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Friday 30 October 2009


Dear Martin Amis,

I know that ours is a one sided relationship but I do think we could become very good friends, given half a chance. We are, after all, close enough in age, both driven by words and literature, and family. I feel that I have got to know you, what makes you tick, met quite a few of your relatives and writerly friends – all through the pages of your memoir, Experience.

I’m not saying it was an easy read. I do understand your reason for footnotes but I hated them even as I read every single one. They lounged at the end of the page, ready to qualify throwaway remarks, expand on subjects only hinted at, make the reader fully aware of what exactly had happened; I suppose you could say they served a useful purpose, but they distracted and took from the flow.

Your father, Kingsley, was quite a character. His unflattering rants about some of your work didn’t ever take away from his love for you, didn’t put you off your craft. He never asked you to change or be more like him. There was no competition; only an honesty among equals. Instead, he depended on your unfailing support as his son.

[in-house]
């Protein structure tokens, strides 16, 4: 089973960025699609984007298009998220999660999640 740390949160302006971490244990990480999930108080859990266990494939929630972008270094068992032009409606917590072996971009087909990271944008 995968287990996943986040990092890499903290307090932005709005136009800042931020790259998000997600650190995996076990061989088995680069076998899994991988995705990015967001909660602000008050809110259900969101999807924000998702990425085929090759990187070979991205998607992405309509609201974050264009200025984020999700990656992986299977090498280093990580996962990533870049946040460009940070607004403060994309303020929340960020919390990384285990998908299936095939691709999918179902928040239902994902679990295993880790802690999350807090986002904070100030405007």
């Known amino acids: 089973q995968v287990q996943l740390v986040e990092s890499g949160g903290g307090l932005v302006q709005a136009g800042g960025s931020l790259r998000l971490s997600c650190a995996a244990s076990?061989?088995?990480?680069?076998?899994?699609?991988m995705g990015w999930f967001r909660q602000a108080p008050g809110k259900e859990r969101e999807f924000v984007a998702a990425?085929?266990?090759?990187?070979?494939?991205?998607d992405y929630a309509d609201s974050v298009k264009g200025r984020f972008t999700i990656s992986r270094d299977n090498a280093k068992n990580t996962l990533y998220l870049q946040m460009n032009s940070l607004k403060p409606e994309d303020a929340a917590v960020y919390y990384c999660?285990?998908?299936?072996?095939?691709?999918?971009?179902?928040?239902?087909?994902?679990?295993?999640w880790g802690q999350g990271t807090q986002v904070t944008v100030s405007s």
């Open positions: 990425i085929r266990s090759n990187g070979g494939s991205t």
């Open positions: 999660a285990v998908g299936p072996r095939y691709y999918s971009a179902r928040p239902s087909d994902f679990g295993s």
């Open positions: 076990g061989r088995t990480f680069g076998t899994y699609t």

Kingsley couldn’t be alone, truly alone; he scared easily. But you knew this, right from when you were very young, that he needed you and your brother to quell his fears, remind him that he had to hold his end up for both of you. It reminded me of how we, as children, would protect my mother when a storm whipped up and thunder blasted out with flashes of lightening, while she shivered, wordlessly. Parents so rarely show their vulnerable side and yet I wonder if that is why Kingsley was so loved by his children, because they knew that he needed their protection. He was indeed a lucky man.